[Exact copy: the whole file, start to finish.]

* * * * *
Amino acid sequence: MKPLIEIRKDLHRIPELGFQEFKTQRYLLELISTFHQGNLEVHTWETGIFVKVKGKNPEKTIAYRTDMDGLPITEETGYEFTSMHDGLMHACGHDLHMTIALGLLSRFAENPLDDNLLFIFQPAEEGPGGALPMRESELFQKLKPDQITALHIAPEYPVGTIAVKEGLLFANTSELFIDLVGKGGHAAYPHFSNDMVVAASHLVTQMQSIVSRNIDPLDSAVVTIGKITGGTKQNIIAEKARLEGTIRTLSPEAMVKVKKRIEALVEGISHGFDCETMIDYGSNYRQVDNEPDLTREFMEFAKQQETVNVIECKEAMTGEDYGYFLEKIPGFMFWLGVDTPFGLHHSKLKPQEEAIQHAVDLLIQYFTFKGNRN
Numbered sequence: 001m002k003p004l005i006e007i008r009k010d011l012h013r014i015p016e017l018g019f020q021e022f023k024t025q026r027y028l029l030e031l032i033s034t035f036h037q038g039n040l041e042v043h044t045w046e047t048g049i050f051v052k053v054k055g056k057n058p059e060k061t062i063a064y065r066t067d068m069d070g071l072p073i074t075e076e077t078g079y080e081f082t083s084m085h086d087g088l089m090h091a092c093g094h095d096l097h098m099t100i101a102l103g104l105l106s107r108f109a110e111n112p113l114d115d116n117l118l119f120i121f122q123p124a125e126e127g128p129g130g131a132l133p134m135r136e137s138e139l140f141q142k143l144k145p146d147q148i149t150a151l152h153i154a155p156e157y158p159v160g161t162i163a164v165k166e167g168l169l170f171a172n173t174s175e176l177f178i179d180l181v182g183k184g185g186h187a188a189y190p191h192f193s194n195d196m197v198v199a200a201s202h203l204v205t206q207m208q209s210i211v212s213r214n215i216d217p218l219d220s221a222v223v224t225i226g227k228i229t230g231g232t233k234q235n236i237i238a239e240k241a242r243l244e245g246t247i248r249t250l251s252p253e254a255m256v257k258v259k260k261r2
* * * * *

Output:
Amino acid sequence: MKPLIEIRKDLHRIPELGFQEFKTQRYLLELISTFHQGNLEVHTWETGIFVKVKGKNPEKTIAYRTDMDGLPITEETGYEFTSMHDGLMHACGHDLHMTIALGLLSRFAENPLDDNLLFIFQPAEEGPGGALPMRESELFQKLKPDQITALHIAPEYPVGTIAVKEGLLFANTSELFIDLVGKGGHAAYPHFSNDMVVAASHLVTQMQSIVSRNIDPLDSAVVTIGKITGGTKQNIIAEKARLEGTIRTLSPEAMVKVKKRIEALVEGISHGFDCETMIDYGSNYRQVDNEPDLTREFMEFAKQQETVNVIECKEAMTGEDYGYFLEKIPGFMFWLGVDTPFGLHHSKLKPQEEAIQHAVDLLIQYFTFKGNRN
Numbered sequence: 001m002k003p004l005i006e007i008r009k010d011l012h013r014i015p016e017l018g019f020q021e022f023k024t025q026r027y028l029l030e031l032i033s034t035f036h037q038g039n040l041e042v043h044t045w046e047t048g049i050f051v052k053v054k055g056k057n058p059e060k061t062i063a064y065r066t067d068m069d070g071l072p073i074t075e076e077t078g079y080e081f082t083s084m085h086d087g088l089m090h091a092c093g094h095d096l097h098m099t100i101a102l103g104l105l106s107r108f109a110e111n112p113l114d115d116n117l118l119f120i121f122q123p124a125e126e127g128p129g130g131a132l133p134m135r136e137s138e139l140f141q142k143l144k145p146d147q148i149t150a151l152h153i154a155p156e157y158p159v160g161t162i163a164v165k166e167g168l169l170f171a172n173t174s175e176l177f178i179d180l181v182g183k184g185g186h187a188a189y190p191h192f193s194n195d196m197v198v199a200a201s202h203l204v205t206q207m208q209s210i211v212s213r214n215i216d217p218l219d220s221a222v223v224t225i226g227k228i229t230g231g232t233k234q235n236i237i238a239e240k241a242r243l244e245g246t247i248r249t250l251s252p253e254a255m256v257k258v259k260k261r2